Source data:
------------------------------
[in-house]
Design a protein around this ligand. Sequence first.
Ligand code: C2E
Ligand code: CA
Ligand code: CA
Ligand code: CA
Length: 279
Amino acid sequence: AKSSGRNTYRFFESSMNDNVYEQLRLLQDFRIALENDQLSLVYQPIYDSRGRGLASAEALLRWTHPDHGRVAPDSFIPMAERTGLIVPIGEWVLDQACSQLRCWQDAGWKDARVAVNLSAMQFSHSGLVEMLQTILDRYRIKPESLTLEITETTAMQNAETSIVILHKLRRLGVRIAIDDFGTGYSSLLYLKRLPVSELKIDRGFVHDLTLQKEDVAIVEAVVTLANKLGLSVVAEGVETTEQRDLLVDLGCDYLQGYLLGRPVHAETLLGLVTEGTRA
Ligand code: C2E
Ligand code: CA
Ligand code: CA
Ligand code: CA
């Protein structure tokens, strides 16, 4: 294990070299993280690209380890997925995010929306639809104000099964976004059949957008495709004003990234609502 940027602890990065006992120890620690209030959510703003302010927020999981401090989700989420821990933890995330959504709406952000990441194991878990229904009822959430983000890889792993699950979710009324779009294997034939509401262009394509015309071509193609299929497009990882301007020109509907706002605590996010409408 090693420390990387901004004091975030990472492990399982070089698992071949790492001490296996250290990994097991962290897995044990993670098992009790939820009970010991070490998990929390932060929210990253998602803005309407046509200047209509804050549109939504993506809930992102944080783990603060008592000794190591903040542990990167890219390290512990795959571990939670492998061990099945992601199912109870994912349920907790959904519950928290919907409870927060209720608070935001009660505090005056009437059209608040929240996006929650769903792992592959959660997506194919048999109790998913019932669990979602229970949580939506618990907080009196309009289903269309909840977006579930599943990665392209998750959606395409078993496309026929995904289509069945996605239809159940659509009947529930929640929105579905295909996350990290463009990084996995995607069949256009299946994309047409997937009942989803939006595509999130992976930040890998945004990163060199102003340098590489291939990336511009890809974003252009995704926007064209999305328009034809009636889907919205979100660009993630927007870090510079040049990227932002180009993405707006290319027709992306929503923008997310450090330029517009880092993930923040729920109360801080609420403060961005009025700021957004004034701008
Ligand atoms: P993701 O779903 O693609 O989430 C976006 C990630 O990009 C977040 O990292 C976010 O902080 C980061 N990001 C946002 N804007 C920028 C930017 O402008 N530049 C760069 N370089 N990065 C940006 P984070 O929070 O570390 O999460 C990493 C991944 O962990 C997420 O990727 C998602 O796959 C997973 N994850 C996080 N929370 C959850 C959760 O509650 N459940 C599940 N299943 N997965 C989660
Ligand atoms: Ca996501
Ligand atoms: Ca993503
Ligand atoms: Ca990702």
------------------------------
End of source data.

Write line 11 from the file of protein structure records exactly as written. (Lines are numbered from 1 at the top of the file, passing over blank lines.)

Ligand code: CA